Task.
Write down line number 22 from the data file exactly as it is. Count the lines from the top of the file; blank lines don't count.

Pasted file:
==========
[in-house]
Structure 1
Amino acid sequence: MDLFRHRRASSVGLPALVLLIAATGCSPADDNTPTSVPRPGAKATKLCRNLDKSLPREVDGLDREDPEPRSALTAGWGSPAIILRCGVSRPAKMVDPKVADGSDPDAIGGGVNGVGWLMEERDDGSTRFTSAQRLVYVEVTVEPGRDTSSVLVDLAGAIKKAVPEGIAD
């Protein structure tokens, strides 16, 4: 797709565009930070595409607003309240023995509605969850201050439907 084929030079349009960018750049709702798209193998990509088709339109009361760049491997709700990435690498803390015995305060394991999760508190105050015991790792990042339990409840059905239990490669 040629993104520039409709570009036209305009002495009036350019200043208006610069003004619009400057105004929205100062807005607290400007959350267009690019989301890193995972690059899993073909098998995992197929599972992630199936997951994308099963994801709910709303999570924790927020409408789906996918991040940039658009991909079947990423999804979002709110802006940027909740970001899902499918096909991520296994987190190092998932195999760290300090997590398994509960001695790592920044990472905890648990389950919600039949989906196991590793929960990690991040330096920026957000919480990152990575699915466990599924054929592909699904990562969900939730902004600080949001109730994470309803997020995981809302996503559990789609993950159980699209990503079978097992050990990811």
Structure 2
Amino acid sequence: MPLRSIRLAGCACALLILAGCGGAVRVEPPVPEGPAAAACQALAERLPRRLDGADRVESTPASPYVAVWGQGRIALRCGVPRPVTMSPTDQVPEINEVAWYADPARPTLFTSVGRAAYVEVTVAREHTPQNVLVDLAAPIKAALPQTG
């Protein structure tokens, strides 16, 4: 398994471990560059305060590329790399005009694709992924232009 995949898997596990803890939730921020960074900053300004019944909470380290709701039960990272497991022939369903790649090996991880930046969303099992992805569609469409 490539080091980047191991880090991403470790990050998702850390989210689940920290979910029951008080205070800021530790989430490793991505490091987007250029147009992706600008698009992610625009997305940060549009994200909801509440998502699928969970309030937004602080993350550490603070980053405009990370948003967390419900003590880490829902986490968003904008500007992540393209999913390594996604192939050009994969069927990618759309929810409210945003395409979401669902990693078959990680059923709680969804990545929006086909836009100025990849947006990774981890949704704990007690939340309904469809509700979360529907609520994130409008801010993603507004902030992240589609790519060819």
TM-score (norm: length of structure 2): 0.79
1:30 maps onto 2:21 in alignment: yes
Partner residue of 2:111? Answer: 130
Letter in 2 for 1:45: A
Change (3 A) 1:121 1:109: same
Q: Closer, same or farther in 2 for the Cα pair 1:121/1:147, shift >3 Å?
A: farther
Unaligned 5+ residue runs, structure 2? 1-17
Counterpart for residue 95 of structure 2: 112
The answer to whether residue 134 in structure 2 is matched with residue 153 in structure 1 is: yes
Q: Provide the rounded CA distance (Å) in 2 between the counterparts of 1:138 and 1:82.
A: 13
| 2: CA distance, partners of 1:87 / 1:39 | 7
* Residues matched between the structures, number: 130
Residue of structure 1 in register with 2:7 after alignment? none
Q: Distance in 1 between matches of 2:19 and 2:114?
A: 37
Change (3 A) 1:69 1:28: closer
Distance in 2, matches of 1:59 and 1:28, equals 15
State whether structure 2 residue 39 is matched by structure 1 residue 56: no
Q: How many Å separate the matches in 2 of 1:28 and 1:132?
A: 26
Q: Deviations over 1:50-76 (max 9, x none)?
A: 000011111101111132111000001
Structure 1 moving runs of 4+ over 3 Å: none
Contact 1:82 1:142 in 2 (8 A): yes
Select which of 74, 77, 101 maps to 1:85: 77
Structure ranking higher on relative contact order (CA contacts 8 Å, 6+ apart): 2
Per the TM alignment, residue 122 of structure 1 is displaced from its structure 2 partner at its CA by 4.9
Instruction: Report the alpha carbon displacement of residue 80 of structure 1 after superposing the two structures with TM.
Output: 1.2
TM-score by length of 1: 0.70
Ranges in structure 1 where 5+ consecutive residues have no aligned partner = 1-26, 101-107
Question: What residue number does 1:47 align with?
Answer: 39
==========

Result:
Residue of structure 1 in register with 2:7 after alignment? none